Alamosa "healthy living park" moves ahead, RV park nixed
Backers of a proposed "healthy living park" in Alamosa, who saw their efforts last year to acquire former school property in a prime location frustrated by a controversial deal that put the property in the hands of an RV park developer for substantially less than its appraised value, have settled a lawsuit over the transaction and managed to purchase the property from the developer. The transaction offers the prospect that an agricultural-themed community park will some day be a reality on the 38-acre site.
A photo from the Rio Grande Healthy Living Park Facebook page.
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The sale of the Polston property last year, which sits on prime topsoil adjacent to the Rio Grande and next to Alamosa's largest park, deeply divided the town. Several area nonprofits and community activists had supported a plan to raise the $755,000 appraised value of the property in order to prevent private development. The Keep Polston Public coalition envisioned connecting the trails on the property to the park system and making Polston the future home of a botanical garden, an all-weather clam-shell amphitheater for live music and other amenities that could appeal to tourists, as well as a place for small farm plots that could help struggling families and train aspiring growers in sustainable methods; a production greenhouse that could supply produce to valley schools and to a farm-fresh restaurant on the site; a commercial kitchen, available to small-batch bakers and chefs trying to launch their own micro-businesses; and much more.
But many in the local business community agreed with the Alamosa School Board's decision to sell the land to Dan Russell, the county's elected land surveyor, for $500,000, arguing that Alamosa needed the tax revenue to be generated by a high-end RV resort that Russell planned to build. Recordings of closed-door meetings, later released in the course of the lawsuit filed by the park group against the school district, revealed that school officials had reservations about the nonprofit groups' ability to raise the purchase price and referred to the park supporters as "a bunch of hippies from Crestone."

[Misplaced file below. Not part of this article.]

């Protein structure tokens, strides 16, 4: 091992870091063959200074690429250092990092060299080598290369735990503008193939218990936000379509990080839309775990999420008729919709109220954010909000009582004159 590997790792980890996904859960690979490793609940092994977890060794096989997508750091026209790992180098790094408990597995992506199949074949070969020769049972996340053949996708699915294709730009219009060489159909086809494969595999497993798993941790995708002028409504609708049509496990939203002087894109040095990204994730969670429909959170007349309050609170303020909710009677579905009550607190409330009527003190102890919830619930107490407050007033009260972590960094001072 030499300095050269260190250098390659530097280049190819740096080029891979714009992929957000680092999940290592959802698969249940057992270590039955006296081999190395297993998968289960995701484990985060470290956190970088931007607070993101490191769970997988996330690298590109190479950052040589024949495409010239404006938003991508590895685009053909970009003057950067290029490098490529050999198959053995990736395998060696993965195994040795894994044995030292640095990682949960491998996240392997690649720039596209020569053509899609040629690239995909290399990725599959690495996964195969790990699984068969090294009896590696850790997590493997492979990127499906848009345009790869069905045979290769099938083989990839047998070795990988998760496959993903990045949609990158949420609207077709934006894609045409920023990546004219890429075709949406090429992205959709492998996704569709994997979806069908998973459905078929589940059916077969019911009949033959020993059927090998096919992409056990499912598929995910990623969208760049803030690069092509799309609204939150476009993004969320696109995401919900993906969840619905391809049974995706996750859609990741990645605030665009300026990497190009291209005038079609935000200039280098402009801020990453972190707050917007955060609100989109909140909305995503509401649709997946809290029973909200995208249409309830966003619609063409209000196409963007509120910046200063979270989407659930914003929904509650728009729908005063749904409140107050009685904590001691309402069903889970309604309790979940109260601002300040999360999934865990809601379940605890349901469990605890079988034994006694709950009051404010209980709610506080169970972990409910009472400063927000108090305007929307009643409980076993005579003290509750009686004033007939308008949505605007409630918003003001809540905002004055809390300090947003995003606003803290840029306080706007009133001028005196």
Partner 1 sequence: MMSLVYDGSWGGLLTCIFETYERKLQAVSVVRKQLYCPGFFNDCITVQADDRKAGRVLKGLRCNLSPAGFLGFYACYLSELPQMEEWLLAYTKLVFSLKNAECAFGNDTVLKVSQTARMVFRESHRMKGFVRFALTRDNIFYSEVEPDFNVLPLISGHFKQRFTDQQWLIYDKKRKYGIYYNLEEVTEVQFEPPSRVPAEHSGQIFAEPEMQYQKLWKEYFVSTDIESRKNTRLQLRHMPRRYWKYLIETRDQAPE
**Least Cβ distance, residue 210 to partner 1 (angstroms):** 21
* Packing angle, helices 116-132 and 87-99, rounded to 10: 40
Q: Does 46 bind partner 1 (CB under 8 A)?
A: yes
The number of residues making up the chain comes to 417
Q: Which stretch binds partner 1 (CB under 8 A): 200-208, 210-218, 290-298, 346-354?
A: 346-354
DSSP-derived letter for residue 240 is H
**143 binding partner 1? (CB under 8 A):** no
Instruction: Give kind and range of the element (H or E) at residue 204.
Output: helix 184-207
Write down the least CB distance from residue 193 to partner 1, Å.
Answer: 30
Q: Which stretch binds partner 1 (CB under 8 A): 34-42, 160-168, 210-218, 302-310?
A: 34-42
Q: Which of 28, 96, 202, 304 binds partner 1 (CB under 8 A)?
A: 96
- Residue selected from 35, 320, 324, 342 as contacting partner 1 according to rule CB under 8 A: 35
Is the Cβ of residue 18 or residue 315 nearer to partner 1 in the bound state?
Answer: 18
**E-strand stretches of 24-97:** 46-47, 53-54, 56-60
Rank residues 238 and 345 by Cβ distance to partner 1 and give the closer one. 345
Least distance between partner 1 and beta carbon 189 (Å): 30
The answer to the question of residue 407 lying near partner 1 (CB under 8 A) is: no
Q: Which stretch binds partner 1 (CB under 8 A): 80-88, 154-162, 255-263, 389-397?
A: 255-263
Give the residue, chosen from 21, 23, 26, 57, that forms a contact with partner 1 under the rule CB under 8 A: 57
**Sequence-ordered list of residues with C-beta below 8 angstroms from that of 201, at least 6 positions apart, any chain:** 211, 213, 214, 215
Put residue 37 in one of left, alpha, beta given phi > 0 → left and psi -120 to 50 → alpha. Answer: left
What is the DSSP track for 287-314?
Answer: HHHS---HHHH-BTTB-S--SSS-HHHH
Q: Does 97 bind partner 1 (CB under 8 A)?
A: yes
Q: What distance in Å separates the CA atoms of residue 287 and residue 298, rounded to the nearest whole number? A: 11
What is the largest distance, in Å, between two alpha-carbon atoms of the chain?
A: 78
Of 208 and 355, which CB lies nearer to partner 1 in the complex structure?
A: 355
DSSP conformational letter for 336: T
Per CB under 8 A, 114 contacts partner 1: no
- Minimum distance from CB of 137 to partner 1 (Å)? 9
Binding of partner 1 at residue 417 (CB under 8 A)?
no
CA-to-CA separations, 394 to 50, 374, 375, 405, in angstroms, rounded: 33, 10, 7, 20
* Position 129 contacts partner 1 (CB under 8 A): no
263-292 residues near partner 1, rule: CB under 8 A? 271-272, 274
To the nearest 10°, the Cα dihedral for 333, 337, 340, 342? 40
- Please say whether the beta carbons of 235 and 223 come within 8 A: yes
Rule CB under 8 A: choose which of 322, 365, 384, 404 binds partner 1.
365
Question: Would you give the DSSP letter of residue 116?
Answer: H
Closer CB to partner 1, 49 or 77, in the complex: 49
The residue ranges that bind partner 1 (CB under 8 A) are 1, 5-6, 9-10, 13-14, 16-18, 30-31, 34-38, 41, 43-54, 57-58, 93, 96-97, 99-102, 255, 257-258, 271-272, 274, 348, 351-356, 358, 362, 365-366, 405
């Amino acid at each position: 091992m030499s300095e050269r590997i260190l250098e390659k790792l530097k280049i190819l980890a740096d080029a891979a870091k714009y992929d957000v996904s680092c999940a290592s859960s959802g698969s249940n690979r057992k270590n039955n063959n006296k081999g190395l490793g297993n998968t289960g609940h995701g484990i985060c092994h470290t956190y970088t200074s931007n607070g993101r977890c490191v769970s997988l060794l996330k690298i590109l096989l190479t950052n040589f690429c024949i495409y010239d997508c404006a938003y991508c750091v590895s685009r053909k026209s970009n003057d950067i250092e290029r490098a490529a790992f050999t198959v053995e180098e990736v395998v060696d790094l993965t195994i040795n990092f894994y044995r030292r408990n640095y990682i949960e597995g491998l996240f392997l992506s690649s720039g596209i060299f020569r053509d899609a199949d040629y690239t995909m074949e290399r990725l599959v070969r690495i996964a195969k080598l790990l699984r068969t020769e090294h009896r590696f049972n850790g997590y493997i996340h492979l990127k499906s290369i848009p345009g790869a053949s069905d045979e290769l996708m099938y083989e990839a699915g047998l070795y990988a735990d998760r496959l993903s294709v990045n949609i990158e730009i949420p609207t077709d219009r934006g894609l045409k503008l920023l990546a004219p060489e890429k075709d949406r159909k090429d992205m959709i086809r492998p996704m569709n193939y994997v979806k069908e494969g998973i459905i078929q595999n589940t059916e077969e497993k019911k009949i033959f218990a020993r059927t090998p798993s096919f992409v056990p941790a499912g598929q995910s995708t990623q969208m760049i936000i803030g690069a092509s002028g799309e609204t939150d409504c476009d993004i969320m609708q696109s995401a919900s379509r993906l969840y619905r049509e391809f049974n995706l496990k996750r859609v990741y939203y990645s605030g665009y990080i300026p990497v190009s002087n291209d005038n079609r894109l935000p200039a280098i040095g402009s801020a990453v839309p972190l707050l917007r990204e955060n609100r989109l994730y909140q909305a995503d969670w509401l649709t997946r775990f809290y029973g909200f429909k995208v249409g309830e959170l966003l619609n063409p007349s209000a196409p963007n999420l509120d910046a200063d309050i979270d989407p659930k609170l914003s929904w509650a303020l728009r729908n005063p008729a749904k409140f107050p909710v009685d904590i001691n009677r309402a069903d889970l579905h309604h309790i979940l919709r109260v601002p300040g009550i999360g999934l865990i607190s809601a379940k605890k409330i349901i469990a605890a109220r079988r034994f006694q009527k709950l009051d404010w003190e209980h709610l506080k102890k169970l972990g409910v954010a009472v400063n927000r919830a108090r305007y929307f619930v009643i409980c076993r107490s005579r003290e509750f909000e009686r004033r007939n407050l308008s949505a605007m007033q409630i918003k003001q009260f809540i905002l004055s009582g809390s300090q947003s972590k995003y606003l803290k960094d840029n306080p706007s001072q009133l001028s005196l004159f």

Another photo from the Rio Grande Healthy Living Park Facebook page.
Mediation efforts ultimately led to an agreement by Russell to sell the property to the park backers for $900,000 -- a significant increase over what he paid for it and a dramatic demonstration that the school board had badly undervalued the property. Facing a tight deadline at the end of June, the park supporters raised $375,000 through local donations in four months and secured a bridge loan from private lenders for another $700,000.
Because the actual buyer, The Trust for Public Land, is prohibited from paying more than the appraised value of the property, the lawsuit plaintiffs contributed the additional $150,000 in funds so that an LLC could buy the land at Russell's price and then sell it to TPL for $750,000. "That extra money is basically a legacy donation to keep the property from being developed," says Renee Mackey, one of the plaintiffs in the lawsuit.
Rio Grande Healthy Living Park Facebook page A painting of the property by artist David Montgomery.
The additional funds beyond the purchase price will go toward management and development of the project, under the direction of the San Luis Valley Local Foods Coalition. Wade Shelton, a project manager with The Trust for Public Land's Colorado office, says he expects the bridge loan to be paid off over the next three years through a combination of grant funds and local fundraising efforts.
"We're really halfway through this," Shelton explains. "We've still got a lot of work to do. Our hope is we can do all of this without any tax dollars."